The deaths of Beckius and Owens not only hit the community hard, but it felt devastatingly personal to their fellow Marines, Pettit and Merritt, both of whom believed that the deaths could have been prevented. They vowed they would do everything they could to help ensure it would never happen again in this valley.
In 2014, they created a 501 (c)(3) nonprofit organization called Western Slope Veterans Coalition (WSVC) to increase coordination and resources in support for the approximately 7,200 veterans who live in the communities from Aspen to Parachute and throughout the Eagle Valley. On Nov. 10, 2017, WSVC opened the Jesse Beckius/Casey Owens Veterans Resource Center after Garfield County donated office space for a lease of $1 per year.
In a previous war, Owens would have been killed in action, but medical technology saved him. And though many veterans often find themselves grateful that they were the “lucky ones” — plucked from death’s grip in the battlefield, they often return home and feel like they’ve been dropped face first back into civilian life, now with devastating physical and psychological wounds.
Beckius and Owens were strong men; physically, socially, and mentally. They were caring, compassionate, enthusiastic about life, and had a solid support system of friends and family. But when they returned from their deployments, they knew they were different. So did their families who supported them when both men sought treatment.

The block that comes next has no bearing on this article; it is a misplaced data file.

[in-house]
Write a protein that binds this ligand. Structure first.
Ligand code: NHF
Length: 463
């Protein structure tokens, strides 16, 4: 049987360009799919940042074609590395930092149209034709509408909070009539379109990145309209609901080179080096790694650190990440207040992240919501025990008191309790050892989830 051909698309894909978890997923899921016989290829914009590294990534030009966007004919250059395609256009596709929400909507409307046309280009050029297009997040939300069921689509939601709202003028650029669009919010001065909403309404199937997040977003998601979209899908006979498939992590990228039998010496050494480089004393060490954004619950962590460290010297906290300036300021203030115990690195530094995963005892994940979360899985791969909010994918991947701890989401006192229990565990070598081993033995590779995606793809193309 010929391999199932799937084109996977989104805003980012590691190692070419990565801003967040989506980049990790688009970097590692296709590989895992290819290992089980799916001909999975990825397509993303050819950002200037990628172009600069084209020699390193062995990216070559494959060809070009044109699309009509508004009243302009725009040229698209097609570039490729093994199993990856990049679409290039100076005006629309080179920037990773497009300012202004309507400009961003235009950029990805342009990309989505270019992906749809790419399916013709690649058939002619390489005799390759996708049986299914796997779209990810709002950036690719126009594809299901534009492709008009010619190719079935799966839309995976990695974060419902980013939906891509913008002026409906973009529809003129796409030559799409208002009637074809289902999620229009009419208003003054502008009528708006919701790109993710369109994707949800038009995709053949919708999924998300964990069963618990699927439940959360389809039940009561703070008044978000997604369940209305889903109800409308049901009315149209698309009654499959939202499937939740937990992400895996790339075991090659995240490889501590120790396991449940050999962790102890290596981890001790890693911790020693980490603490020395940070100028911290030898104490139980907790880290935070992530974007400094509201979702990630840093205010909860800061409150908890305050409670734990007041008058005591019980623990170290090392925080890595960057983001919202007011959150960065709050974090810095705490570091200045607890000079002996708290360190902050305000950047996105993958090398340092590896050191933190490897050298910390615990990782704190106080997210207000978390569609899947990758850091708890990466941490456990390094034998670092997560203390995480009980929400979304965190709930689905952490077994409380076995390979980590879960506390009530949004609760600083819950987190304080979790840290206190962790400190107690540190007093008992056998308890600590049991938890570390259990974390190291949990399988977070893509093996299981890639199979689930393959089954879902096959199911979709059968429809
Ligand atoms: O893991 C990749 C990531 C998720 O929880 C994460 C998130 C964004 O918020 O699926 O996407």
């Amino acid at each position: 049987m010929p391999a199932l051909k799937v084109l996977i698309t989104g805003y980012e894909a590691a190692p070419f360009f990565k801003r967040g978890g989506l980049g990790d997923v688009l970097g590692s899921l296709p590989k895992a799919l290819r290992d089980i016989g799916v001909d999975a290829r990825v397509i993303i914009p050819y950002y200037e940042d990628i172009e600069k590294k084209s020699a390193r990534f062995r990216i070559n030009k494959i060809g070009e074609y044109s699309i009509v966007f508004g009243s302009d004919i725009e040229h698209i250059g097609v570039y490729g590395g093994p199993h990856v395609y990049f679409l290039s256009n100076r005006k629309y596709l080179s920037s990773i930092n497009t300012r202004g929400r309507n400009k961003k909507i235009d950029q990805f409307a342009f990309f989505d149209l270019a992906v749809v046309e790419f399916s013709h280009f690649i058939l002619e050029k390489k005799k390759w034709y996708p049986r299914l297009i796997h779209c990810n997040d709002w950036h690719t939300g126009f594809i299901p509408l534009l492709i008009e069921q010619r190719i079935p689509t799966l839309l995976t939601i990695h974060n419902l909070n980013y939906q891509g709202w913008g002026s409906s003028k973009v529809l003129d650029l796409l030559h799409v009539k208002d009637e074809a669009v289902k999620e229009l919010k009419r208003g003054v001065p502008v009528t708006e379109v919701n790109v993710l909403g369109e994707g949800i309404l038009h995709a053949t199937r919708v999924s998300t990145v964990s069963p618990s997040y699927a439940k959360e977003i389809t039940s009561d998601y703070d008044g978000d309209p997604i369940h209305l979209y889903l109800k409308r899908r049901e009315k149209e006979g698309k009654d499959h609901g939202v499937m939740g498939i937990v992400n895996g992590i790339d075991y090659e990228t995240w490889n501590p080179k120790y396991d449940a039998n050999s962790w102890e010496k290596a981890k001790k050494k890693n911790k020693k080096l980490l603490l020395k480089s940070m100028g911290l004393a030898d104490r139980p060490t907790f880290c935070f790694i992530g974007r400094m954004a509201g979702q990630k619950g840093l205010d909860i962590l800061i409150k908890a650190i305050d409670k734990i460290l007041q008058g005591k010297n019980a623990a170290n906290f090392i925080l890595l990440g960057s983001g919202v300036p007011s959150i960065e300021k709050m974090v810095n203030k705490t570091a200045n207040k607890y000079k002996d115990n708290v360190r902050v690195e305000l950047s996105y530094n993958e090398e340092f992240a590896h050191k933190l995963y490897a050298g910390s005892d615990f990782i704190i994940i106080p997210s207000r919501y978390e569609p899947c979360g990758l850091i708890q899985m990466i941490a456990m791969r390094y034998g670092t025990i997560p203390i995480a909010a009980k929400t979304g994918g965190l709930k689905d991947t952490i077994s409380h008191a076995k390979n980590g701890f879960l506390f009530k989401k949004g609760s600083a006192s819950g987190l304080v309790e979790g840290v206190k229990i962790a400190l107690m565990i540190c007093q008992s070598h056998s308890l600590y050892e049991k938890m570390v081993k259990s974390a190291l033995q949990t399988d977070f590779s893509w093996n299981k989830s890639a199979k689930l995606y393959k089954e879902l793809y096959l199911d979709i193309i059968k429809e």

Ironically, in 2008, Owens testified to Congress about the lack of care and treatment of veterans. Later, families and friends would come to the same conclusion. It wasn’t the war that killed them. It was the aftermath.
Pettit and Merritt believe that acknowledging the bond between military comrades can be the missing link in a veteran’s recovery. At the Jesse Beckius/Casey Owens Veterans Resource Center in downtown Glenwood Springs, a tribe of veterans can sometimes do what others cannot.
Older veterans who have been through a tour of duty understand the anger, the angst, and the loneliness a veteran may feel not just after coming home, but throughout their lives. The center can also provide assistance in preparing a resume, advice for finding a job, guidance for enhancing computer skills, and resources to improve their quality of life. It’s the place Pettit could have used in 1968 after returning from Vietnam.
War is unforgiving and unfathomable, but it’s cruelest when soldiers survive the war only to lose their battle at home.
Kim Doose is an author and screenwriter. She works in health care and is pursuing a master’s degree in healthcare administration. This column series is part of an internship through Colorado Mountain College for the Western Slope Veteran’s Coalition. Veterans who wish to be featured in upcoming stories may contact John Pettit at firstname.lastname@example.org